Characterization of breed additive and heterosis effects in beef cattle using experimental results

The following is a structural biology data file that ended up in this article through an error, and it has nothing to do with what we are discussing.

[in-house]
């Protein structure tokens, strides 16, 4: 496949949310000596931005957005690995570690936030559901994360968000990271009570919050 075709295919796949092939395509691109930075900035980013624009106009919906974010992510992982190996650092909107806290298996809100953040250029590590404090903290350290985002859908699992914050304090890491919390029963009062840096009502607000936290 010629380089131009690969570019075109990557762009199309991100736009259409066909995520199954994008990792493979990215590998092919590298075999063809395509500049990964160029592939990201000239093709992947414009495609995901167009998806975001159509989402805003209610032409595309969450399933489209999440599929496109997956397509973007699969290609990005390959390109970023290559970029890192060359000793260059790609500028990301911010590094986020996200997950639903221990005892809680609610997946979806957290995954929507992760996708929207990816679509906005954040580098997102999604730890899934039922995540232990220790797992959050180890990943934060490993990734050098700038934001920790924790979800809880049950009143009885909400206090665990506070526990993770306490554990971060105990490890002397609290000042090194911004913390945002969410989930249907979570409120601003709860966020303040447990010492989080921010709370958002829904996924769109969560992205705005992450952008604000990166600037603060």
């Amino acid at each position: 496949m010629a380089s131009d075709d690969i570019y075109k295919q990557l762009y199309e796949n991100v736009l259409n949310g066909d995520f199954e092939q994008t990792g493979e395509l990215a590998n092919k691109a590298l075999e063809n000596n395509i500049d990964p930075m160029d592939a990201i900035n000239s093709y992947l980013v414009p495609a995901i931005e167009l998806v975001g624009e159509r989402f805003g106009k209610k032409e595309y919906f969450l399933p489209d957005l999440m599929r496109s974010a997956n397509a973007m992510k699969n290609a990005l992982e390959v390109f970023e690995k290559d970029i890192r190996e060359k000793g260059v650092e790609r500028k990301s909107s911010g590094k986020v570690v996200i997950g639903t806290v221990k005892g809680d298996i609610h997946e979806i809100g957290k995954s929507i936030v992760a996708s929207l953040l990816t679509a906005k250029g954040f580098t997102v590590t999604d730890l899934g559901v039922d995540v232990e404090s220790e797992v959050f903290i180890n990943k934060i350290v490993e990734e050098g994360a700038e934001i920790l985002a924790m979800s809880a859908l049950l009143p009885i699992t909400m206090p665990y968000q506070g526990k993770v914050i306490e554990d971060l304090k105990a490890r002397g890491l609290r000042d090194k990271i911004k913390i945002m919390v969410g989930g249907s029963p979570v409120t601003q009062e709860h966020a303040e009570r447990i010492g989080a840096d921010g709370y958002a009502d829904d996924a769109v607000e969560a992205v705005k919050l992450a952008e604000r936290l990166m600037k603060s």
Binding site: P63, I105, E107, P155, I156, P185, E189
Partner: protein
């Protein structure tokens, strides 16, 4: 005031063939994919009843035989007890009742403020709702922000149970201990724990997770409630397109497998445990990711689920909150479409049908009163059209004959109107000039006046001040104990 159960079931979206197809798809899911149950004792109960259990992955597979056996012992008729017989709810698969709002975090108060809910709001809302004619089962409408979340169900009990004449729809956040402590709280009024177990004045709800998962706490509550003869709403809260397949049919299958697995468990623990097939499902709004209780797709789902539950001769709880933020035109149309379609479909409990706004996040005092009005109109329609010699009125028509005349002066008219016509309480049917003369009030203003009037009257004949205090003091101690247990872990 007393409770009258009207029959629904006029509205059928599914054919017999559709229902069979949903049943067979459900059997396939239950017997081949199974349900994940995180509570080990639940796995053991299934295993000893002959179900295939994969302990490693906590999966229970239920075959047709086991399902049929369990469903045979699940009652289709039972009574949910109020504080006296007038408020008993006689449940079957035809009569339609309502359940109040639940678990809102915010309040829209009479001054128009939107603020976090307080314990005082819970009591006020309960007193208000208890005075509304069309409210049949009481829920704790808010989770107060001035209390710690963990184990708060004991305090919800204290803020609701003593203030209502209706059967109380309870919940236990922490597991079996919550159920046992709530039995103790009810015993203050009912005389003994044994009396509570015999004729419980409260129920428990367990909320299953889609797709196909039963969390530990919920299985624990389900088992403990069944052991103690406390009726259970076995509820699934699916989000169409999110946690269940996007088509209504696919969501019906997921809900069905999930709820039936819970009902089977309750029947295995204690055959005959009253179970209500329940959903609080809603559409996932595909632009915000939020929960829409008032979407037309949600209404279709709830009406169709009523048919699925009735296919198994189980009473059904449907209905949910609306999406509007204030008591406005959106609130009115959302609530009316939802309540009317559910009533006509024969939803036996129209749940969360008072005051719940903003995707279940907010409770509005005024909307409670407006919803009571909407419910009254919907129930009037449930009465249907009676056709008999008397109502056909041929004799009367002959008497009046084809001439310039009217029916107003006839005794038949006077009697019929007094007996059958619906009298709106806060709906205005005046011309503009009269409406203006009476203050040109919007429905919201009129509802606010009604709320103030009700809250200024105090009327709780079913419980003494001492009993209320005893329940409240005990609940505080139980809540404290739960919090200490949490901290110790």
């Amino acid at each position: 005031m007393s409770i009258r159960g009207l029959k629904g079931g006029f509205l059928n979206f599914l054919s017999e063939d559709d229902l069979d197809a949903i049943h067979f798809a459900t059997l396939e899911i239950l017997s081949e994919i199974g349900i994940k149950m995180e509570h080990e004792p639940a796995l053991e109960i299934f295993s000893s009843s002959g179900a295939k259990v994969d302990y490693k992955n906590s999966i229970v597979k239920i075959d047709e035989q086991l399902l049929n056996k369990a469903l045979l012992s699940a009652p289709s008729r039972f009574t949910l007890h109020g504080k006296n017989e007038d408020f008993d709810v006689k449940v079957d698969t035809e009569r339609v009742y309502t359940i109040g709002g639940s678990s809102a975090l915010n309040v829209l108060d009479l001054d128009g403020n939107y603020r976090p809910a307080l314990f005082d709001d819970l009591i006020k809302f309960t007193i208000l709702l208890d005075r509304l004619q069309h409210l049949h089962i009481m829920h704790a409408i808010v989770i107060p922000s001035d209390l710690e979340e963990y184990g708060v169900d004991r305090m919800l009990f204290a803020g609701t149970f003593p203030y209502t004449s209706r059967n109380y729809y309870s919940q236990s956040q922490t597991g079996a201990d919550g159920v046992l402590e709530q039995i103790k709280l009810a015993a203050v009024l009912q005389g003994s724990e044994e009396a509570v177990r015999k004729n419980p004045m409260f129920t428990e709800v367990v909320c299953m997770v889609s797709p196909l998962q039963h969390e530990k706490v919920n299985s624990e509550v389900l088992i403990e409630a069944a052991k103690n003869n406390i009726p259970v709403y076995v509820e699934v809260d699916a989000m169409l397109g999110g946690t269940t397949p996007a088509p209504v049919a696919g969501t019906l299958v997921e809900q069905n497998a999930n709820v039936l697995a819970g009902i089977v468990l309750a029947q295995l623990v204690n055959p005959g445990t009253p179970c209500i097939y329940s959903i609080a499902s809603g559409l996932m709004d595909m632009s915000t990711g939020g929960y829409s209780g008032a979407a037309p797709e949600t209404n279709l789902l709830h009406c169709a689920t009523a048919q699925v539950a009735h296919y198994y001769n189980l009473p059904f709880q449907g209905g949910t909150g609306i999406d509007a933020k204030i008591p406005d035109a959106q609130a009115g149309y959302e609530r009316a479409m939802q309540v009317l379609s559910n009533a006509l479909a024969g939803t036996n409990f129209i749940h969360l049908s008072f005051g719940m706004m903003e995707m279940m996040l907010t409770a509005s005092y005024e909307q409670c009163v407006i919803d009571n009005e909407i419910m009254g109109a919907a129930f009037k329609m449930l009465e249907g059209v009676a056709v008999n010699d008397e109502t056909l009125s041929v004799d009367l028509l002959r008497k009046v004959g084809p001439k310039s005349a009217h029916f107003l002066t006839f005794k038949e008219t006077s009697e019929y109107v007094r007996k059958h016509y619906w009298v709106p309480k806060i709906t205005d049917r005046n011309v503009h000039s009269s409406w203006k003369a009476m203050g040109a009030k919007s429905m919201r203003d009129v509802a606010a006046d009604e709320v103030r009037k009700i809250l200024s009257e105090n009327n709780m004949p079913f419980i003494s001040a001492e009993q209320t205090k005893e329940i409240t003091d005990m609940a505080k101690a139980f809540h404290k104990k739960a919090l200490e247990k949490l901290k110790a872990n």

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The objective of this study was to infer direct and maternal additive effects and direct and maternal heterosis effects for growth, fitness and carcass traits in beef cattle using least squares means estimated from crossbreeding studies by Els (1988) and De Bruyn (1991). The dataset was formed by recording each least squares mean along with the breed composition, maternal breed composition and direct and maternal heterozygosity. Each trait was analyzed using a single trait fixed effect model which included source of data as a fixed effect and breed composition and heterozygosity as covariates. Breed solutions were relative to the Afrikaner breed. Heterosis results were also obtained for crosses not made. Among breed groups, crossbred calves showed higher average values for almost all traits than purebred calves. The average direct heterosis contributions to weight traits in ten two-breed genotypes, which involved the Afrikaner (A) as dam line and the Simmentaler (S), Brahman (B), Charolais (C) and Herefords (H) as sire lines were 3.5, 7.9, 8.2 and 4.3% for birth weight (BW), weaning weight (WW), 19-month heifer weight (HW) and cow weight at partus (CW) respectively. Similarly, the average maternal heterosis effects for the weight traits in the four A crossbred dam genotypes (BA, CA, HA and SA) were 1.5, 8.8, 4.9 and 2.9% for the growth traits respectively. Due to additive and non-additive effects of C and B purebreds on BW these sires should only be bred to mature cows. For a weaner calf production system, the C genotype had the highest direct breed effect of +64.1 kg or 34.8% for WW. The combined additive effect of the C dam line was however, exceeded by the S dam line (+38.4 kg or +20.9% versus +50.0 kg or +27.2%). The total combined heterosis effect of the CA dam line was +32.5 kg versus the +19.2 kg effect of the SA dam line. The average expected phenotypic values for WW for the SA dam line was thus larger than the CA dam line (233.3 versus 230.7 kg). The maternal heterosis effect of the HA dam was the second largest (+22.1 kg) of the four two-breed combinations of A. The B genotype used in the study did not have a true superior ability to increase the expected WW in the A breed. The direct and maternal heterosis effects of the breed were - 0.5 kg or -0.3% and +22.1 kg or 12.0% respectively. The H breed had the lowest direct breed effects of +24.7 kg or +13.4% on WW out of the four purebred sire lines that were bred to the A dam line and a small negative direct heterosis effect (-0.5 kg or -0.3%). Furthermore, the maternal additive effect was negative (-29.6 kg or -16.1%). The maternal heterosis effect however, was positive (+22.1 kg or +12.0%). The A sire line had the lowest expected phenotypic values for HW and CW (323.9 and 434.3 kg respectively), indicating that these heifers would probably reach puberty earlier and that these cows would be smaller compared to genotypes from S, B, C and H genotypes. On average two-breed genotypes had 48.9 and 40.6 kg expected increase in HW and CW respectively, and an additional 21.9 kg and 20.4 kg for the two traits respectively in threebreed genotypes (backcrossing excluded). The H sire line did not have a true ability to increase expected CW in the A breed. The C genotypes had the lowest average individual heterosis effect of -17.6 kg (-4.0%) on CW of all four sire lines which were involved in the ten different two-breed combinations of the study. However, the CA dam line was responsible for the highest maternal heterosis effect of +54.8 kg or +12.6% out of the four crossbred A dam lines. By utilizing genotypic differences the opportunity for high productivity and profitability can be maximized, especially through cumulative traits such as the calf/cow weight ratio. All crossbred genotypes, except the BA genotype, increased the calf/cow weight ratio. Results indicated that the A breed should constitute 75% of the genetic make up of B and C crossbred genotypes and 25% of H and S crossbred genotypes to maximize calf/cow weight ratios. The HSA, HBA and BSA, genotypes had the largest calf/cow weight ratios of 0.509, 0.506 and 0.495 respectively, mainly due to the large direct heterosis effects of +22.7 (+12.3%), +28.0 (+15.2%) and +36.7 kg (+19.9%) of the HS, HB and BS genotypes for WW respectively. This gives opportunity for direct paternal heterosis to be used in crossbreeding systems with purebred A dams. Alternatively, since the B breed had a true ability to increase the expected BW in the A dam, it is suggested that a specific or rotational crossbreeding system which involves S and A dams that are mated with either H or B (only on mature dams) sires for the production of weaner calves under sweet veld conditions, be used. The data were also used to estimate the additive and non-additive effects for fitness traits in the two- and three-breed crosses. The average direct heterosis contributions were +14.9, +109.1, -162.7, +21.0 and 15.4% respectively for CR, MB, MP, WP and WR for ten two breed genotypes. Similarly, the average maternal heterosis effects in four A crossbred dam genotypes were 0.0, -87.5, +97.7, -1.9 and -7.4% for the fitness traits respectively. The HA genotype had the highest expected F of 83.1% in two-breed genotypes. The direct heterosis contributions in the HA genotype were +21.7, -2.3, -5.8, +28.3 and +30.1% percentage units respectively and the maternal contributions were -8.2, -2.4, +1.6, -6.4 and -11.6 for the traits respectively. The expected phenotypic values for improved traits in the HA and AHA genotypes were 94.9 versus 96.4% for CR, 92.2 versus 96.3% for WP and 83.1 versus 86.8% for WR (MB and MW remained unchanged). Crossbreeding the A dam line with the B sire line resulted in improved expected WR: 66.7 versus 80.2% in BA. Backcrossing the BA genotype decreased WR. This could mainly be explained by the increased expected MW; 3.3% in the A versus 6.0 and 15.6% in the BA and ABA genotypes respectively and the lower expected WR of 72.8 and 74.5% in the ABA and BBA genotypes respectively. While the SA genotype had an improved expected WR of 78.4% compared to the A genotype (66.7%), the WR in the ASA progeny was the lowest of all genotypes (60.4%). The low expected WR of the SA genotype could be explained by the increased expected MB of 5.3 versus 2.2% and MW 5.7 versus 3.3% of the A breed. The poor performance of the SSA genotype could be ascribed to an increase in MB and MW which was 7.3 and 4.3% respectively. The ACA, AHA and BHA genotypes had the highest expected WR of 86.9, 86.8 and 83.0% respectively. A specific crossbreeding combined with a terminal sire system is suggested to increase fertility in the A breed. Rotational systems will not have the same advantage since backcrossing the CA or HA dams to their respective sire lines would decrease the WR to 64.2 and 73.1% respectively. Alternatively, CA, HA or CH crossbred sires could be used on purebred A dams in a specific crossbreeding system. These genotypes had the largest direct heterosis effect on WR of all ten two-breed genotypes (36.5, 30.1 and 30.8% percentage units respectively). In a specific two-breed system the HA genotype would maximize WR. Although the average direct heterosis effects were unfavourable (-2.1 and -13.0 g/day respectively) for feedlot gain (FG) and carcass gain CG), feed conversion ratio (FCR) was -2.3% (a desirable effect). The average maternal heterosis effects for the feedlot traits were undesirable in the four A crossbred dam genotypes (-1.3, -7.4, and +0.9% respectively) for all the traits. Although these average heterosis effects suggest that feedlot traits do not benefit from crossbreeding, selected genotypes offer opportunity to increase feedlot production efficiency. As purebred the A compared less favourably in feedlot traits with Bos taurus breeds. However, it was evident that the A dam in two-breed crossbreeding could outperform the purebred S and Bos taurus crossbred dam lines in most of the these traits. The average direct heterosis contributions to feedlot traits in ten two-breed genotypes for the S, B, C and H as sire lines were -2.1, -13.0 (undesirable) and -2.3% (desirable) for feedlot gain (FG), carcass gain (CG) and feed conversion rate (FCR) respectively. Similarly, the average maternal heterosis effects for the feedlot traits in the four A crossbred dam genotypes were -1.3, -7.4, and +0.9% (undesirable) for FG, CG and FCR respectively. However, the A dam could be utilized in two-way crossbreeding systems with a terminal sire such as the C. The CCA genotype had expected average FG, CG and FCR of 1376.8 g/day, 781.2 g/day and 6.0 kg/kg respectively. Alternatively, the paternal heterosis contributions from BA, HA, SA, BH, BS and HS sire lines were also favourable. The aforementioned genotypes could thus be used as sire lines on purebred A dams to improve feedlot traits. It should however be noted that the data did not take cogniance of the genetic trends in the traits and the effects on heterosis parameters in any of the breeds since the conduction of the crossbreeding experiments. Heterosis units are therefore not directly applicable.